One critical aspect of estate planning in Colorado is thoroughness. When a plan is incomplete, the components aren’t likely to cover every important contingency. Writing a will ranks as one of the most important elements, but it may not be the essential document at a particular time. After all, executing a will occurs after someone passes away. What if the testator requires assistance with his or her estate while still alive?
Aspects to consider in estate planning
Drawing up a will allows someone to choose an executor, specify the distribution of assets and make other directives. However, beware of taking this and other steps without an attorney’s assistance to ensure all the elements in the will are valid. For example, a will cannot direct changes to a beneficiary designation in a life insurance policy.
In addition to a will, a person should consider a health care proxy and a living will. In the event that the individual becomes very sick or incapacitated, these documents would provide guidance for medical decisions. The health care proxy would name someone to make decisions, and the living will would establish directives about remaining on life support and other critical health care decisions.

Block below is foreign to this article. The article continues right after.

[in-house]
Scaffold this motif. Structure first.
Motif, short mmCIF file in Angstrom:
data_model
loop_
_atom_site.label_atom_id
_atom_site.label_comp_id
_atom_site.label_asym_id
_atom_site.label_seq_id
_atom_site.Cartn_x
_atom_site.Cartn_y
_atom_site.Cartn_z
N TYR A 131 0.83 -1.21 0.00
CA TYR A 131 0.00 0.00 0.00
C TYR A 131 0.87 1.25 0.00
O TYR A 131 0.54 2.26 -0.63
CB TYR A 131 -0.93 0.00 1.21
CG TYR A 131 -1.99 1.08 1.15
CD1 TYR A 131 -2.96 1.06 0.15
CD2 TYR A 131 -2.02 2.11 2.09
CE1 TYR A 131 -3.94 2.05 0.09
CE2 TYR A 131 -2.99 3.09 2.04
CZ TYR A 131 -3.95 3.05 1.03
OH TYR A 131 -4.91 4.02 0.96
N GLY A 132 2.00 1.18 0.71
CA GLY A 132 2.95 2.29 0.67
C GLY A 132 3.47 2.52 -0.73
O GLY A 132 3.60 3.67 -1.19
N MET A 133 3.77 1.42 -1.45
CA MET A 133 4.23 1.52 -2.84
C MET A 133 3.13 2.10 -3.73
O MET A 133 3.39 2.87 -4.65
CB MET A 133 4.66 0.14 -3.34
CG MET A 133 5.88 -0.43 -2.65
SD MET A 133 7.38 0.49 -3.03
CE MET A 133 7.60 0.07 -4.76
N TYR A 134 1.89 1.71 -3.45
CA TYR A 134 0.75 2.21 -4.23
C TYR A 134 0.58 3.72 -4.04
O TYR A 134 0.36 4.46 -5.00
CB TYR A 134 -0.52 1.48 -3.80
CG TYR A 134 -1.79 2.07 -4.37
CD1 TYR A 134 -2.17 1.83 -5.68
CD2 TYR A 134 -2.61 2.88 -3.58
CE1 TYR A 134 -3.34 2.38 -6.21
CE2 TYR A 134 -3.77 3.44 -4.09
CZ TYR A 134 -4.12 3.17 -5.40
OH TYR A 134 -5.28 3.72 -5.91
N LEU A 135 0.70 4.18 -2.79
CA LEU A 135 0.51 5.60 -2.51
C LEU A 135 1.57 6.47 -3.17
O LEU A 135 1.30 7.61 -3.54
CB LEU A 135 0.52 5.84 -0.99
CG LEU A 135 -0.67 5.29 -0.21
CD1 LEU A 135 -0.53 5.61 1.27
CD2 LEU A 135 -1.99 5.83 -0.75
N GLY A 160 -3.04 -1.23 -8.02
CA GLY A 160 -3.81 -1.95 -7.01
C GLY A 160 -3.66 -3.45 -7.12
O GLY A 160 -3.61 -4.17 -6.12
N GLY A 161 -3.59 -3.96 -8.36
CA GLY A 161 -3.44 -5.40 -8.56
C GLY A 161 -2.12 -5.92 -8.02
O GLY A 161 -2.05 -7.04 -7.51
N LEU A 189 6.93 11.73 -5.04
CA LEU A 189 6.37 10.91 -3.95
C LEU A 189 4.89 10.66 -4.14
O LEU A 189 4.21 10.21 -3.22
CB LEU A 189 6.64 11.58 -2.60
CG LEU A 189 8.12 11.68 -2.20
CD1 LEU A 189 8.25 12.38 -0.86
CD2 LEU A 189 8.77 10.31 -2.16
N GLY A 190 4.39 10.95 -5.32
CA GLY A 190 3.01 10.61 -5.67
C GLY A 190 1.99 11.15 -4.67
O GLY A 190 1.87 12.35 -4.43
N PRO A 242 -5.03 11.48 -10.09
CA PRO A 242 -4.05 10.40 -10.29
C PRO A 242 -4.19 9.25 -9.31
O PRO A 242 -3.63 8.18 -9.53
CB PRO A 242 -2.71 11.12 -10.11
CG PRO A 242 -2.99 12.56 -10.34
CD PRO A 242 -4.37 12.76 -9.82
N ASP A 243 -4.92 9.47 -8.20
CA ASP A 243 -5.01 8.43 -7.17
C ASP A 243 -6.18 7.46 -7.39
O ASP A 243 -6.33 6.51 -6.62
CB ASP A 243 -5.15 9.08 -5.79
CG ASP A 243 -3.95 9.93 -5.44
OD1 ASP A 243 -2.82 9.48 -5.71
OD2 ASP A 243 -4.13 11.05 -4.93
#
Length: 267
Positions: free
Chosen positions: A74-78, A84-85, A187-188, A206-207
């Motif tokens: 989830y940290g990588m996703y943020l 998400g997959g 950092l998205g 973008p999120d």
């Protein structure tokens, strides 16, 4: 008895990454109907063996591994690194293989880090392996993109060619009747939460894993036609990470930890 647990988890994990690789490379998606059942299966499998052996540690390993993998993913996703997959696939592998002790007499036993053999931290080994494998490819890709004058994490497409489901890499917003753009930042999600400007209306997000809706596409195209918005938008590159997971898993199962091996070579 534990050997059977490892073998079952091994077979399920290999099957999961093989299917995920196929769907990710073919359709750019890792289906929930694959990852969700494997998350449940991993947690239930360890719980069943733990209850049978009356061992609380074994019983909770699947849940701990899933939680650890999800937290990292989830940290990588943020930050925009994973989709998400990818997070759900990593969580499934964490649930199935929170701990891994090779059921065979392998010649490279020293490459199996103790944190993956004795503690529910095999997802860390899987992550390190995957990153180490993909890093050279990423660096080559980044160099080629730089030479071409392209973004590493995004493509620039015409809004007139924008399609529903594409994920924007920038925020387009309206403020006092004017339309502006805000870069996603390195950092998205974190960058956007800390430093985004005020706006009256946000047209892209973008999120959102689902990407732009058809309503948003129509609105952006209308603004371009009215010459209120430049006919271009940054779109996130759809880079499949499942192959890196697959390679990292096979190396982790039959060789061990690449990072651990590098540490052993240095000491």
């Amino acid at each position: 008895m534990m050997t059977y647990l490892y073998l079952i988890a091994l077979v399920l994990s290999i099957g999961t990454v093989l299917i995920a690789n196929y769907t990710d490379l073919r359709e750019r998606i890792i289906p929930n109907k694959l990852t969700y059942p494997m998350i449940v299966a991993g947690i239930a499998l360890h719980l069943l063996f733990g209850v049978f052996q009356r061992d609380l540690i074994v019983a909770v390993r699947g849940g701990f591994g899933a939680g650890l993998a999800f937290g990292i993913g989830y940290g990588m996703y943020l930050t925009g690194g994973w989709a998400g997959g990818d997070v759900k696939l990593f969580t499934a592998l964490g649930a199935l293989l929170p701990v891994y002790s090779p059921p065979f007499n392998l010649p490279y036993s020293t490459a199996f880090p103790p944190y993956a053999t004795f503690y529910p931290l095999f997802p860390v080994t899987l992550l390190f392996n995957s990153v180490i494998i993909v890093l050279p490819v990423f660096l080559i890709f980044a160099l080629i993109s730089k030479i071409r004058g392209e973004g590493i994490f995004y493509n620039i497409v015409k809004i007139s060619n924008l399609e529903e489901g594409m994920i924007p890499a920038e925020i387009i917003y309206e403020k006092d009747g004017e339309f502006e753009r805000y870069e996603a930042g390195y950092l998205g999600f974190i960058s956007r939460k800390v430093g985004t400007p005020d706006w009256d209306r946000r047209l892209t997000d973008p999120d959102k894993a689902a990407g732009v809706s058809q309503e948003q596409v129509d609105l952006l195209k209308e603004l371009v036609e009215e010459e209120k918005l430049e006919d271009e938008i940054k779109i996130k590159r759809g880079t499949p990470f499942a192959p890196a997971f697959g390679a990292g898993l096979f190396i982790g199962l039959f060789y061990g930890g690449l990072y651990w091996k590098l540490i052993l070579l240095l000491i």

Other items to consider
Various other instruments may also prove useful during estate planning. For example, in some cases, a will isn’t the best way to distribute assets. Perhaps a trust would be a better method of steering managerial authority away from less-capable heirs.
It may be necessary to consider naming someone an attorney-in-fact through a power of attorney document. As a person ages, moving financial decisions and responsibilities to a trusted and capable person might be best.
Another vital element to estate planning involves putting together a comprehensive file. Deeds, legal certificates, digital passwords, information about bank accounts and other assets should all be accessible. An executor or an attorney-in-fact might require specific documents to carry out certain duties. Searching for them could create unnecessary delays.
Estate planning includes many variables. Specific documents accomplish particular functions. Working with an attorney to create all necessary documents is almost always in someone’s best interests and those of that person’s family.